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The Aeneid
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The Aeneid
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  • The queen already sate Amidst the Trojan lords, in shining state, High on a golden bed: her princely guest Was next her side; in order sate the rest.
  • The queen already sate Amidst the Trojan lords, in shining state, High on a golden bed: her princely guest Was next her side; in order sate the rest.
  • I lost Creusa: hard to tell If by her fatal destiny she fell, Or weary sate, or wander’d with affright; But she was lost for ever to my sight.
  • High on a sylvan throne the leader sate; A num’rous train attend in solemn state.
  • A mighty breach is made: the rooms conceal’d Appear, and all the palace is reveal’d; The halls of audience, and of public state, And where the lonely queen in secret sate.
  • Mezentius first appear’d upon the plain: Scorn sate upon his brows, and sour disdain, Defying earth and heav’n.
  • Yet one remain’d— the messenger of Fate: High on a craggy cliff Celaeno sate, And thus her dismal errand did relate: ’What! not contented with our oxen slain, Dare you with Heav’n an impious war maintain, And drive the Harpies from their native reign?
  • Thus, wand’ring in my way, without a guide, The graceless Helen in the porch I spied Of Vesta’s temple; there she lurk’d alone; Muffled she sate, and, what she could, unknown: But, by the flames that cast their blaze around, That common bane of Greece and Troy I found.
  • All creatures else forgot their daily care, And sleep, the common gift of nature, share; Except the Trojan peers, who wakeful sate In nightly council for th’ indanger’d state.
  • They sate; and, (not without the god’s command,) Their homely fare dispatch’d, the hungry band Invade their trenchers next, and soon devour, To mend the scanty meal, their cakes of flour.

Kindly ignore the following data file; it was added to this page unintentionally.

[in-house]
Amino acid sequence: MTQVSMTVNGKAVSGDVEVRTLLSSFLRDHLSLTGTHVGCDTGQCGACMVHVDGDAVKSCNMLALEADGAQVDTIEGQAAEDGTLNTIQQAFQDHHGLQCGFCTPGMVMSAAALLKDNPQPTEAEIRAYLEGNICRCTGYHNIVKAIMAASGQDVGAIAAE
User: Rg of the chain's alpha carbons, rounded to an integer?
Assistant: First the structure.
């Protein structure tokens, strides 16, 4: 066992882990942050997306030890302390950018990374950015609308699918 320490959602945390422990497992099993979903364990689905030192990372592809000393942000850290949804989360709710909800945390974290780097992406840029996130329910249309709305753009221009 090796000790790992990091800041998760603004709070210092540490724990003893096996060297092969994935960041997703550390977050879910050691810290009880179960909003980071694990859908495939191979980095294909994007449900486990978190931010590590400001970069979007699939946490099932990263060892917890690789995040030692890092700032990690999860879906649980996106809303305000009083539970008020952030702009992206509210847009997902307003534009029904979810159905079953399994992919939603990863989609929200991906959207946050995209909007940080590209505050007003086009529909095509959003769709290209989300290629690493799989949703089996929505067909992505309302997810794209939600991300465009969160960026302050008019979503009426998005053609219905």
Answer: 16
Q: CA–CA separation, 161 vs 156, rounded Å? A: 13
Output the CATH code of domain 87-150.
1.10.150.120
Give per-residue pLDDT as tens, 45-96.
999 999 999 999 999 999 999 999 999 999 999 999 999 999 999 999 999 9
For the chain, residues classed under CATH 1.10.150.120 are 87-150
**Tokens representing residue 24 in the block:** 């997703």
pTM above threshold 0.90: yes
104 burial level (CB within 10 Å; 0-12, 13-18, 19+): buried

• Under their grateful shade Aeneas sate, Revolving war’s events, and various fate.
  • He said, and to the void advanc’d his pace: Pale horror sate on each Arcadian face.
  • Now, when the rosy morn began to rise, And wav’d her saffron streamer thro’ the skies; When Thetis blush’d in purple not her own, And from her face the breathing winds were blown, A sudden silence sate upon the sea, And sweeping oars, with struggling, urge their way.
  • Girt in his Gabin gown the hero sate, Yet could not with his art avoid his fate: For Circe long had lov’d the youth in vain, Till love, refus’d, converted to disdain: Then, mixing pow’rful herbs, with magic art, She chang’d his form, who could not change his heart; Constrain’d him in a bird, and made him fly, With party-color’d plumes, a chatt’ring pie.
  • Stupid he sate, his eyes on earth declin’d, And various cares revolving in his mind: Rage, boiling from the bottom of his breast, And sorrow mix’d with shame, his soul oppress’d; And conscious worth lay lab’ring in his thought, And love by jealousy to madness wrought.
  • "Astonish’d at their voices and their sight, (Nor were they dreams, but visions of the night; I saw, I knew their faces, and descried, In perfect view, their hair with fillets tied;) I started from my couch; a clammy sweat On all my limbs and shiv’ring body sate.
  • Acestes, fir’d with just disdain, to see The palm usurp’d without a victory, Reproach’d Entellus thus, who sate beside, And heard and saw, unmov’d, the Trojan’s pride: "Once, but in vain, a champion of renown, So tamely can you bear the ravish’d crown, A prize in triumph borne before your sight, And shun, for fear, the danger of the fight?
  • In this high temple, on a chair of state, The seat of audience, old Latinus sate; Then gave admission to the Trojan train; And thus with pleasing accents he began: "Tell me, ye Trojans, for that name you own, Nor is your course upon our coasts unknownSay what you seek, and whither were you bound: Were you by stress of weather cast aground?

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  • For the first time in a week, we ate until we were sated.
  • Even the library could not sate my thirst for knowledge.

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